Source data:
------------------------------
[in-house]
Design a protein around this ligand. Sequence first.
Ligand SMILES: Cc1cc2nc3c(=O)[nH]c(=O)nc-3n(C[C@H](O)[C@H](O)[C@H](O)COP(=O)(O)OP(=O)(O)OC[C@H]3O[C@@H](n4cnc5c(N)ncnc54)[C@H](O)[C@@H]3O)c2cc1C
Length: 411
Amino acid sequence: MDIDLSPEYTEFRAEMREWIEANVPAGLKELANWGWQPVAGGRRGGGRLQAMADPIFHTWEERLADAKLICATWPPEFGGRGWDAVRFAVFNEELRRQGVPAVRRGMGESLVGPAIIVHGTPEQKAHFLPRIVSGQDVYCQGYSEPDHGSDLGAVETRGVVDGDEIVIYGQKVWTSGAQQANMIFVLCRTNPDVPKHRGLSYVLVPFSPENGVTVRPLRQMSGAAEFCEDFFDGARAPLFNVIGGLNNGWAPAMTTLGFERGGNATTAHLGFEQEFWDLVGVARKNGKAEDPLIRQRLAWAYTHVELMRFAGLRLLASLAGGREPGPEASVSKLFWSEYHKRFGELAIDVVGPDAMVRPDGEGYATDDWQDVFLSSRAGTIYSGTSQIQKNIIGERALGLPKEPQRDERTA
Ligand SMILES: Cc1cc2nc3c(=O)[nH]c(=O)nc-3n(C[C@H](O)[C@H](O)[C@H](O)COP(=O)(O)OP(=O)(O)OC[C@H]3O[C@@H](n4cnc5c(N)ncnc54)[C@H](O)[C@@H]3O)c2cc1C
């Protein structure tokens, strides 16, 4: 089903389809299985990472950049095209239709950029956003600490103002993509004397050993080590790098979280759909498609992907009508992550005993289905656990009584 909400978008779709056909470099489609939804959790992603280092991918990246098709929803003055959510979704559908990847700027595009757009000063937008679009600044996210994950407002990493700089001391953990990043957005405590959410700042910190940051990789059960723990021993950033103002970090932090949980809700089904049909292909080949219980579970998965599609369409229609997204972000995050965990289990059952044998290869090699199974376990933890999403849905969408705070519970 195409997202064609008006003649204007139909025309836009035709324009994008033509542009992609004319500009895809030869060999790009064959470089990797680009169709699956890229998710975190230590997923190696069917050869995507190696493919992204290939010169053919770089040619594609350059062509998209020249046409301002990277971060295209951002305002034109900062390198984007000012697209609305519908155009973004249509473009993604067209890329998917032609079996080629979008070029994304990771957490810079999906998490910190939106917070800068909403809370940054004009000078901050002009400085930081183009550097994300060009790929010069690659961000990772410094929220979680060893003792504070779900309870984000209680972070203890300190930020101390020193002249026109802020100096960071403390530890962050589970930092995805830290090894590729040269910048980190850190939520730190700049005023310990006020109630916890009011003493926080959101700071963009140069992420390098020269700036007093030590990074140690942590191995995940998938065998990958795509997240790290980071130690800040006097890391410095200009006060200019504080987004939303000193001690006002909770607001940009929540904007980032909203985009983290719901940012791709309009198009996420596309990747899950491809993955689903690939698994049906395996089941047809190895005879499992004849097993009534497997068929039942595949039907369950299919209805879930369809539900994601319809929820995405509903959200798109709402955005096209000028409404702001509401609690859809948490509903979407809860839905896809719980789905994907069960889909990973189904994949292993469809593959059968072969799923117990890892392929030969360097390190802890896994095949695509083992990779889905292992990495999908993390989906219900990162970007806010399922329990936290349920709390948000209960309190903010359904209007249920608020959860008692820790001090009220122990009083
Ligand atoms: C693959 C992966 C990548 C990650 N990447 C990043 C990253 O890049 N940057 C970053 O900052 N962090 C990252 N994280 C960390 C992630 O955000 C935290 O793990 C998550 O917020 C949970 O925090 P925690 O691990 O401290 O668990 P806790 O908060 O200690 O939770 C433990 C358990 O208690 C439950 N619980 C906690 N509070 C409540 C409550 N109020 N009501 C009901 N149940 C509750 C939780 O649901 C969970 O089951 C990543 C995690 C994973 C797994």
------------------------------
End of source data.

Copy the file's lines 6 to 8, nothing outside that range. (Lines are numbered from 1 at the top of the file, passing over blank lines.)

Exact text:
Ligand SMILES: Cc1cc2nc3c(=O)[nH]c(=O)nc-3n(C[C@H](O)[C@H](O)[C@H](O)COP(=O)(O)OP(=O)(O)OC[C@H]3O[C@@H](n4cnc5c(N)ncnc54)[C@H](O)[C@@H]3O)c2cc1C
């Protein structure tokens, strides 16, 4: 089903389809299985990472950049095209239709950029956003600490103002993509004397050993080590790098979280759909498609992907009508992550005993289905656990009584 909400978008779709056909470099489609939804959790992603280092991918990246098709929803003055959510979704559908990847700027595009757009000063937008679009600044996210994950407002990493700089001391953990990043957005405590959410700042910190940051990789059960723990021993950033103002970090932090949980809700089904049909292909080949219980579970998965599609369409229609997204972000995050965990289990059952044998290869090699199974376990933890999403849905969408705070519970 195409997202064609008006003649204007139909025309836009035709324009994008033509542009992609004319500009895809030869060999790009064959470089990797680009169709699956890229998710975190230590997923190696069917050869995507190696493919992204290939010169053919770089040619594609350059062509998209020249046409301002990277971060295209951002305002034109900062390198984007000012697209609305519908155009973004249509473009993604067209890329998917032609079996080629979008070029994304990771957490810079999906998490910190939106917070800068909403809370940054004009000078901050002009400085930081183009550097994300060009790929010069690659961000990772410094929220979680060893003792504070779900309870984000209680972070203890300190930020101390020193002249026109802020100096960071403390530890962050589970930092995805830290090894590729040269910048980190850190939520730190700049005023310990006020109630916890009011003493926080959101700071963009140069992420390098020269700036007093030590990074140690942590191995995940998938065998990958795509997240790290980071130690800040006097890391410095200009006060200019504080987004939303000193001690006002909770607001940009929540904007980032909203985009983290719901940012791709309009198009996420596309990747899950491809993955689903690939698994049906395996089941047809190895005879499992004849097993009534497997068929039942595949039907369950299919209805879930369809539900994601319809929820995405509903959200798109709402955005096209000028409404702001509401609690859809948490509903979407809860839905896809719980789905994907069960889909990973189904994949292993469809593959059968072969799923117990890892392929030969360097390190802890896994095949695509083992990779889905292992990495999908993390989906219900990162970007806010399922329990936290349920709390948000209960309190903010359904209007249920608020959860008692820790001090009220122990009083
Ligand atoms: C693959 C992966 C990548 C990650 N990447 C990043 C990253 O890049 N940057 C970053 O900052 N962090 C990252 N994280 C960390 C992630 O955000 C935290 O793990 C998550 O917020 C949970 O925090 P925690 O691990 O401290 O668990 P806790 O908060 O200690 O939770 C433990 C358990 O208690 C439950 N619980 C906690 N509070 C409540 C409550 N109020 N009501 C009901 N149940 C509750 C939780 O649901 C969970 O089951 C990543 C995690 C994973 C797994």